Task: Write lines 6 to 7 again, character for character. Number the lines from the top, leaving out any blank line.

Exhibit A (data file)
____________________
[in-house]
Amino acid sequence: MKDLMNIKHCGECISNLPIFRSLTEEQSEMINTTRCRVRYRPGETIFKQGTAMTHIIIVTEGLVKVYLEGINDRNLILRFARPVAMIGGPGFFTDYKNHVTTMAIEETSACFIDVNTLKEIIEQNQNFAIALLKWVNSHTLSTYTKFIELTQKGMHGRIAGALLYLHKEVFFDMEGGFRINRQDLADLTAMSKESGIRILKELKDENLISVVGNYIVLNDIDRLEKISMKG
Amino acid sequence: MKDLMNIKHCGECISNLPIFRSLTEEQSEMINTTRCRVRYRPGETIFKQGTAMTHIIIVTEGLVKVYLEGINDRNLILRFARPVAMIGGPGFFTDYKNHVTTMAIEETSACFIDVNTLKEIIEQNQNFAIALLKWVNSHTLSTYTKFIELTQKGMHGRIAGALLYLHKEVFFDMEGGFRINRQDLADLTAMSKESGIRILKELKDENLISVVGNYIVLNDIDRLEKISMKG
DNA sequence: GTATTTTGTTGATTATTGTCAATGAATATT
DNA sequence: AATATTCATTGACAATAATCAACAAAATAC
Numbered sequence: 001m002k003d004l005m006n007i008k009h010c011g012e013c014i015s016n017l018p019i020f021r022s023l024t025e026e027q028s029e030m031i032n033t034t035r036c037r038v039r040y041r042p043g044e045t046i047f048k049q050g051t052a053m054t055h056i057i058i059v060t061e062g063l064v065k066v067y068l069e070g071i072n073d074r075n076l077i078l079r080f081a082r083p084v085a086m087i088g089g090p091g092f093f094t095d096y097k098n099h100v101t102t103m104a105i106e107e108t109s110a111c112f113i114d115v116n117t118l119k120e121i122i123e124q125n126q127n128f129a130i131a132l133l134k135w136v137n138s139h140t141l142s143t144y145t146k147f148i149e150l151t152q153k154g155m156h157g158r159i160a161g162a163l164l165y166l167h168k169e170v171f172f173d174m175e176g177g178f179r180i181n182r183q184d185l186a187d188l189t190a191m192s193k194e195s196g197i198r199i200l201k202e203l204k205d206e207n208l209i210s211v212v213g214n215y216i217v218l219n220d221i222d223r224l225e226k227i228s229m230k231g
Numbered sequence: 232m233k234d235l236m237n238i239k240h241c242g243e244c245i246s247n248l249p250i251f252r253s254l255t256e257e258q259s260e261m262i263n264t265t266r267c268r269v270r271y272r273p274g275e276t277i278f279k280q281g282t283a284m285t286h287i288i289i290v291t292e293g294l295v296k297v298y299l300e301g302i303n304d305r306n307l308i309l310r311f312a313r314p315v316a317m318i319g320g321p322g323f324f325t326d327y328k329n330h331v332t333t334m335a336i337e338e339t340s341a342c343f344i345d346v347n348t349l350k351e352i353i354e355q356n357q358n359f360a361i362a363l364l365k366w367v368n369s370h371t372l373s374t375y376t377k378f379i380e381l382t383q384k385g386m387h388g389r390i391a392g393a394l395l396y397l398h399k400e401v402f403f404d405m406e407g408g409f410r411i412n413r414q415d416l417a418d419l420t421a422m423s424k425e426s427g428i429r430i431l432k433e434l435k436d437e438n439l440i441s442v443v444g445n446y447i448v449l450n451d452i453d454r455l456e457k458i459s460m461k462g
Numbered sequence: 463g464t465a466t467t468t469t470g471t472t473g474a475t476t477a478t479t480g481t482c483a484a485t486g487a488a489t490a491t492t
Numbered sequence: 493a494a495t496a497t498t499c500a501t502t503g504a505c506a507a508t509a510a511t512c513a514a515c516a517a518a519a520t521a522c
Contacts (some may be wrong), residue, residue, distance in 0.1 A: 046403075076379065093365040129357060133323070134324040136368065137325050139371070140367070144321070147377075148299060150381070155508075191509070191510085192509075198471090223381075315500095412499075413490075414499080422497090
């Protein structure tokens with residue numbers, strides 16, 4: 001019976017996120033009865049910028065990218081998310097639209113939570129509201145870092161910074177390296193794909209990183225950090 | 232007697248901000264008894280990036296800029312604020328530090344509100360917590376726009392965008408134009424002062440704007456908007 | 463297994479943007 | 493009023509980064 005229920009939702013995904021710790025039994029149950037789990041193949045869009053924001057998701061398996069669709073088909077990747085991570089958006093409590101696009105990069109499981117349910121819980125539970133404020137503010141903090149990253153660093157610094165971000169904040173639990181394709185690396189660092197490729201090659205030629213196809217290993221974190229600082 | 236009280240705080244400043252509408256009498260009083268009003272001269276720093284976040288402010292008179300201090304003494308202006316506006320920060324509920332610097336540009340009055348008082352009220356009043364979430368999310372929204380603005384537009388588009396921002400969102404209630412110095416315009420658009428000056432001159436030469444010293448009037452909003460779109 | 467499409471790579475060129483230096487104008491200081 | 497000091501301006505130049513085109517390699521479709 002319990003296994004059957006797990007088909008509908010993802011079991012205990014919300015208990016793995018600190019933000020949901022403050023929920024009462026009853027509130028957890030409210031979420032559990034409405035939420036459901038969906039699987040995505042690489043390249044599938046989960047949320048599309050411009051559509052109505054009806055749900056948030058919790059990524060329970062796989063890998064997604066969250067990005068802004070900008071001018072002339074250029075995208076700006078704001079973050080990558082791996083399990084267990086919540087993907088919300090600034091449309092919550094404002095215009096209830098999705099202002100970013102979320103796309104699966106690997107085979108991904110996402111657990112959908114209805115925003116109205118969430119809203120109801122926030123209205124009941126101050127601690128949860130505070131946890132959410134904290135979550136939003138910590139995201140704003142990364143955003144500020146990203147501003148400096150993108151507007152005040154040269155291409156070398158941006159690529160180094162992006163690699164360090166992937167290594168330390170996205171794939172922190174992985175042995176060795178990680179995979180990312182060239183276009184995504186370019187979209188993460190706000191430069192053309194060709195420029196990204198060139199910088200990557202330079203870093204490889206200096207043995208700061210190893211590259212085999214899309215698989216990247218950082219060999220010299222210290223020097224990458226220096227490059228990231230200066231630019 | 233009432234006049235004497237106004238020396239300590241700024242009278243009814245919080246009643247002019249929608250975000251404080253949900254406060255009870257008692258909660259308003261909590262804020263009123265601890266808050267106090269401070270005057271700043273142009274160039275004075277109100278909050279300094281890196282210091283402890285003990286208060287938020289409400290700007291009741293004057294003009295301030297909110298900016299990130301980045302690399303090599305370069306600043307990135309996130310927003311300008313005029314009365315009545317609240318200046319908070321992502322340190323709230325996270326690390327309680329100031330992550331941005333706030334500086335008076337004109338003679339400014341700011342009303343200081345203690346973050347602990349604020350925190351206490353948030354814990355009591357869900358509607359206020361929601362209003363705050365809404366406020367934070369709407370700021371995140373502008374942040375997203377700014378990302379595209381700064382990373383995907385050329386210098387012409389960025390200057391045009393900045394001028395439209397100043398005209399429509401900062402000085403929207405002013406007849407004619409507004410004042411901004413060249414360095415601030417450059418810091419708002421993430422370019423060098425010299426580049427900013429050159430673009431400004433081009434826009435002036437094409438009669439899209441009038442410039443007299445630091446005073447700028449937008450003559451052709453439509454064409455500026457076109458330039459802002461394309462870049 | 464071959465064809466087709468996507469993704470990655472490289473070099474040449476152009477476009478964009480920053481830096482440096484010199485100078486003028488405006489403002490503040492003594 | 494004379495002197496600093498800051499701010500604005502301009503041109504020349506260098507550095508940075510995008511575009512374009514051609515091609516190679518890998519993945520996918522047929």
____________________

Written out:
Numbered sequence: 001m002k003d004l005m006n007i008k009h010c011g012e013c014i015s016n017l018p019i020f021r022s023l024t025e026e027q028s029e030m031i032n033t034t035r036c037r038v039r040y041r042p043g044e045t046i047f048k049q050g051t052a053m054t055h056i057i058i059v060t061e062g063l064v065k066v067y068l069e070g071i072n073d074r075n076l077i078l079r080f081a082r083p084v085a086m087i088g089g090p091g092f093f094t095d096y097k098n099h100v101t102t103m104a105i106e107e108t109s110a111c112f113i114d115v116n117t118l119k120e121i122i123e124q125n126q127n128f129a130i131a132l133l134k135w136v137n138s139h140t141l142s143t144y145t146k147f148i149e150l151t152q153k154g155m156h157g158r159i160a161g162a163l164l165y166l167h168k169e170v171f172f173d174m175e176g177g178f179r180i181n182r183q184d185l186a187d188l189t190a191m192s193k194e195s196g197i198r199i200l201k202e203l204k205d206e207n208l209i210s211v212v213g214n215y216i217v218l219n220d221i222d223r224l225e226k227i228s229m230k231g
Numbered sequence: 232m233k234d235l236m237n238i239k240h241c242g243e244c245i246s247n248l249p250i251f252r253s254l255t256e257e258q259s260e261m262i263n264t265t266r267c268r269v270r271y272r273p274g275e276t277i278f279k280q281g282t283a284m285t286h287i288i289i290v291t292e293g294l295v296k297v298y299l300e301g302i303n304d305r306n307l308i309l310r311f312a313r314p315v316a317m318i319g320g321p322g323f324f325t326d327y328k329n330h331v332t333t334m335a336i337e338e339t340s341a342c343f344i345d346v347n348t349l350k351e352i353i354e355q356n357q358n359f360a361i362a363l364l365k366w367v368n369s370h371t372l373s374t375y376t377k378f379i380e381l382t383q384k385g386m387h388g389r390i391a392g393a394l395l396y397l398h399k400e401v402f403f404d405m406e407g408g409f410r411i412n413r414q415d416l417a418d419l420t421a422m423s424k425e426s427g428i429r430i431l432k433e434l435k436d437e438n439l440i441s442v443v444g445n446y447i448v449l450n451d452i453d454r455l456e457k458i459s460m461k462g